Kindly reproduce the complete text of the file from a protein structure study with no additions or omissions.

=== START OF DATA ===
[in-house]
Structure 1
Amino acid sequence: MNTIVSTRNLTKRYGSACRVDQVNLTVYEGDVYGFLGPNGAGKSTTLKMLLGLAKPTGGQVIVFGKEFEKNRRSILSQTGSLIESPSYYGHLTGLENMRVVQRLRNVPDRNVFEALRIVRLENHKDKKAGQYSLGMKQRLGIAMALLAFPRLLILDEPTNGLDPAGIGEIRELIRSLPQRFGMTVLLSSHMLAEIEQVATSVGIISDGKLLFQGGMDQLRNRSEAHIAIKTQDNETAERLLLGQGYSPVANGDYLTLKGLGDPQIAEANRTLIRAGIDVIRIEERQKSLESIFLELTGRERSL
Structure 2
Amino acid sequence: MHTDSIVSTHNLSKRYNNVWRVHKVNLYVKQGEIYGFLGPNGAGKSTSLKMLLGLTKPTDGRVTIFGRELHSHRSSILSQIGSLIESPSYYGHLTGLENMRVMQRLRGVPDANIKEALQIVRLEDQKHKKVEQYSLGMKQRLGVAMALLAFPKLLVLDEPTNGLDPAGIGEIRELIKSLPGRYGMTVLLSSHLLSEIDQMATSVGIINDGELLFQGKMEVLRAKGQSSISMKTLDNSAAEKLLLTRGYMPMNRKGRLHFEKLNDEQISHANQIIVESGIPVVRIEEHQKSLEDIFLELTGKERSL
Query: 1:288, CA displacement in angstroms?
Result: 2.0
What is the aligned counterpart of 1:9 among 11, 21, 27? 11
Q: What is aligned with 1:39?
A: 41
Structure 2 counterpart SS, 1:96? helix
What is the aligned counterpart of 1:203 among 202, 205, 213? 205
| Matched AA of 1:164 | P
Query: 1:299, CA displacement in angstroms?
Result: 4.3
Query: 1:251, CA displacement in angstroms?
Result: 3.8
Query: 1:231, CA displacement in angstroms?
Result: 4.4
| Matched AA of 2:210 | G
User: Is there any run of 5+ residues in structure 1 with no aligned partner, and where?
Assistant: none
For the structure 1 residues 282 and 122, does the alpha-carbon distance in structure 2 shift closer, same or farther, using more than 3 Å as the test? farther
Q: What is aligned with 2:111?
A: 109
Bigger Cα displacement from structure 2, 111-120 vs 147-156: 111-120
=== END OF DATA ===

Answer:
[in-house]
Structure 1
Amino acid sequence: MNTIVSTRNLTKRYGSACRVDQVNLTVYEGDVYGFLGPNGAGKSTTLKMLLGLAKPTGGQVIVFGKEFEKNRRSILSQTGSLIESPSYYGHLTGLENMRVVQRLRNVPDRNVFEALRIVRLENHKDKKAGQYSLGMKQRLGIAMALLAFPRLLILDEPTNGLDPAGIGEIRELIRSLPQRFGMTVLLSSHMLAEIEQVATSVGIISDGKLLFQGGMDQLRNRSEAHIAIKTQDNETAERLLLGQGYSPVANGDYLTLKGLGDPQIAEANRTLIRAGIDVIRIEERQKSLESIFLELTGRERSL
Structure 2
Amino acid sequence: MHTDSIVSTHNLSKRYNNVWRVHKVNLYVKQGEIYGFLGPNGAGKSTSLKMLLGLTKPTDGRVTIFGRELHSHRSSILSQIGSLIESPSYYGHLTGLENMRVMQRLRGVPDANIKEALQIVRLEDQKHKKVEQYSLGMKQRLGVAMALLAFPKLLVLDEPTNGLDPAGIGEIRELIKSLPGRYGMTVLLSSHLLSEIDQMATSVGIINDGELLFQGKMEVLRAKGQSSISMKTLDNSAAEKLLLTRGYMPMNRKGRLHFEKLNDEQISHANQIIVESGIPVVRIEEHQKSLEDIFLELTGKERSL
Query: 1:288, CA displacement in angstroms?
Result: 2.0
What is the aligned counterpart of 1:9 among 11, 21, 27? 11
Q: What is aligned with 1:39?
A: 41
Structure 2 counterpart SS, 1:96? helix
What is the aligned counterpart of 1:203 among 202, 205, 213? 205
| Matched AA of 1:164 | P
Query: 1:299, CA displacement in angstroms?
Result: 4.3
Query: 1:251, CA displacement in angstroms?
Result: 3.8
Query: 1:231, CA displacement in angstroms?
Result: 4.4
| Matched AA of 2:210 | G
User: Is there any run of 5+ residues in structure 1 with no aligned partner, and where?
Assistant: none
For the structure 1 residues 282 and 122, does the alpha-carbon distance in structure 2 shift closer, same or farther, using more than 3 Å as the test? farther
Q: What is aligned with 2:111?
A: 109
Bigger Cα displacement from structure 2, 111-120 vs 147-156: 111-120